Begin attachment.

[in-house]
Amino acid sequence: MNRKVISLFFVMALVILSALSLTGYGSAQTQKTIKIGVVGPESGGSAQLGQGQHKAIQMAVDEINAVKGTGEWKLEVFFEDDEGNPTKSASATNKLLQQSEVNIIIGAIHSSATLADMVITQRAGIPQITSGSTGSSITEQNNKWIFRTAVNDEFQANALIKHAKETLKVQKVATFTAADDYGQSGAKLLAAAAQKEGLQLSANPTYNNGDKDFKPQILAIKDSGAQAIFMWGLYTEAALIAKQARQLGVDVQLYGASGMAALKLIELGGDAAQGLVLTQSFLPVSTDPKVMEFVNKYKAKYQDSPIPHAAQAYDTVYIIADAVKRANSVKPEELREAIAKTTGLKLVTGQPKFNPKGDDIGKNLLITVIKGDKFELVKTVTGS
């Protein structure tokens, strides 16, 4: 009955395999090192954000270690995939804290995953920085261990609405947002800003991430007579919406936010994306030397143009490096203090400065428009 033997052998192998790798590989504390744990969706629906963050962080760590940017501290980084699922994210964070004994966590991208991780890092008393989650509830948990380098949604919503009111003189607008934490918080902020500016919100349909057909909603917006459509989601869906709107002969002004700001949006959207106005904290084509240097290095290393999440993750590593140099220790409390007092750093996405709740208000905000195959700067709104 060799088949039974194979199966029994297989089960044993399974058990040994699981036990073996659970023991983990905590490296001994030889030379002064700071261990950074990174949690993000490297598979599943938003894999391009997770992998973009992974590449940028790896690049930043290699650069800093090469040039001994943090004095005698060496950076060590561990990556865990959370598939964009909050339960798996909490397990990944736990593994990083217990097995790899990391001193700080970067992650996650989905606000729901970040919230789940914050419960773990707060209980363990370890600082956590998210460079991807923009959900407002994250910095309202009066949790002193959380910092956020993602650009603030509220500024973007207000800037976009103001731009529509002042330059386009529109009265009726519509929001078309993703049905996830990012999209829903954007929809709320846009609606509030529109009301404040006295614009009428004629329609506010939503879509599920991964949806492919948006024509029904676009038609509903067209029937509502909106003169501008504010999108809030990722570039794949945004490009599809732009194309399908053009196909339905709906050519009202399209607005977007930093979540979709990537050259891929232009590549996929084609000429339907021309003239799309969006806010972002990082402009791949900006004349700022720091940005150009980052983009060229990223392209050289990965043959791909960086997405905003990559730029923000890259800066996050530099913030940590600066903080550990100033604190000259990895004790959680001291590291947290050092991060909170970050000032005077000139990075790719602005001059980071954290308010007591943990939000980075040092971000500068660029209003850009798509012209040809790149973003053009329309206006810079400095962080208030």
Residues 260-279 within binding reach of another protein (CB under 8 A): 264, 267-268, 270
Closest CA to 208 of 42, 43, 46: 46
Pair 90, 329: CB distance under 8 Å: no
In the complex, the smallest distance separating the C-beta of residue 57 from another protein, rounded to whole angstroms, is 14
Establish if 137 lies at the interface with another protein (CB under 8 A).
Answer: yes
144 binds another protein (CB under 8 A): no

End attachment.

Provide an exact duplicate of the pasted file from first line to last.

[in-house]
Amino acid sequence: MNRKVISLFFVMALVILSALSLTGYGSAQTQKTIKIGVVGPESGGSAQLGQGQHKAIQMAVDEINAVKGTGEWKLEVFFEDDEGNPTKSASATNKLLQQSEVNIIIGAIHSSATLADMVITQRAGIPQITSGSTGSSITEQNNKWIFRTAVNDEFQANALIKHAKETLKVQKVATFTAADDYGQSGAKLLAAAAQKEGLQLSANPTYNNGDKDFKPQILAIKDSGAQAIFMWGLYTEAALIAKQARQLGVDVQLYGASGMAALKLIELGGDAAQGLVLTQSFLPVSTDPKVMEFVNKYKAKYQDSPIPHAAQAYDTVYIIADAVKRANSVKPEELREAIAKTTGLKLVTGQPKFNPKGDDIGKNLLITVIKGDKFELVKTVTGS
């Protein structure tokens, strides 16, 4: 009955395999090192954000270690995939804290995953920085261990609405947002800003991430007579919406936010994306030397143009490096203090400065428009 033997052998192998790798590989504390744990969706629906963050962080760590940017501290980084699922994210964070004994966590991208991780890092008393989650509830948990380098949604919503009111003189607008934490918080902020500016919100349909057909909603917006459509989601869906709107002969002004700001949006959207106005904290084509240097290095290393999440993750590593140099220790409390007092750093996405709740208000905000195959700067709104 060799088949039974194979199966029994297989089960044993399974058990040994699981036990073996659970023991983990905590490296001994030889030379002064700071261990950074990174949690993000490297598979599943938003894999391009997770992998973009992974590449940028790896690049930043290699650069800093090469040039001994943090004095005698060496950076060590561990990556865990959370598939964009909050339960798996909490397990990944736990593994990083217990097995790899990391001193700080970067992650996650989905606000729901970040919230789940914050419960773990707060209980363990370890600082956590998210460079991807923009959900407002994250910095309202009066949790002193959380910092956020993602650009603030509220500024973007207000800037976009103001731009529509002042330059386009529109009265009726519509929001078309993703049905996830990012999209829903954007929809709320846009609606509030529109009301404040006295614009009428004629329609506010939503879509599920991964949806492919948006024509029904676009038609509903067209029937509502909106003169501008504010999108809030990722570039794949945004490009599809732009194309399908053009196909339905709906050519009202399209607005977007930093979540979709990537050259891929232009590549996929084609000429339907021309003239799309969006806010972002990082402009791949900006004349700022720091940005150009980052983009060229990223392209050289990965043959791909960086997405905003990559730029923000890259800066996050530099913030940590600066903080550990100033604190000259990895004790959680001291590291947290050092991060909170970050000032005077000139990075790719602005001059980071954290308010007591943990939000980075040092971000500068660029209003850009798509012209040809790149973003053009329309206006810079400095962080208030």
Residues 260-279 within binding reach of another protein (CB under 8 A): 264, 267-268, 270
Closest CA to 208 of 42, 43, 46: 46
Pair 90, 329: CB distance under 8 Å: no
In the complex, the smallest distance separating the C-beta of residue 57 from another protein, rounded to whole angstroms, is 14
Establish if 137 lies at the interface with another protein (CB under 8 A).
Answer: yes
144 binds another protein (CB under 8 A): no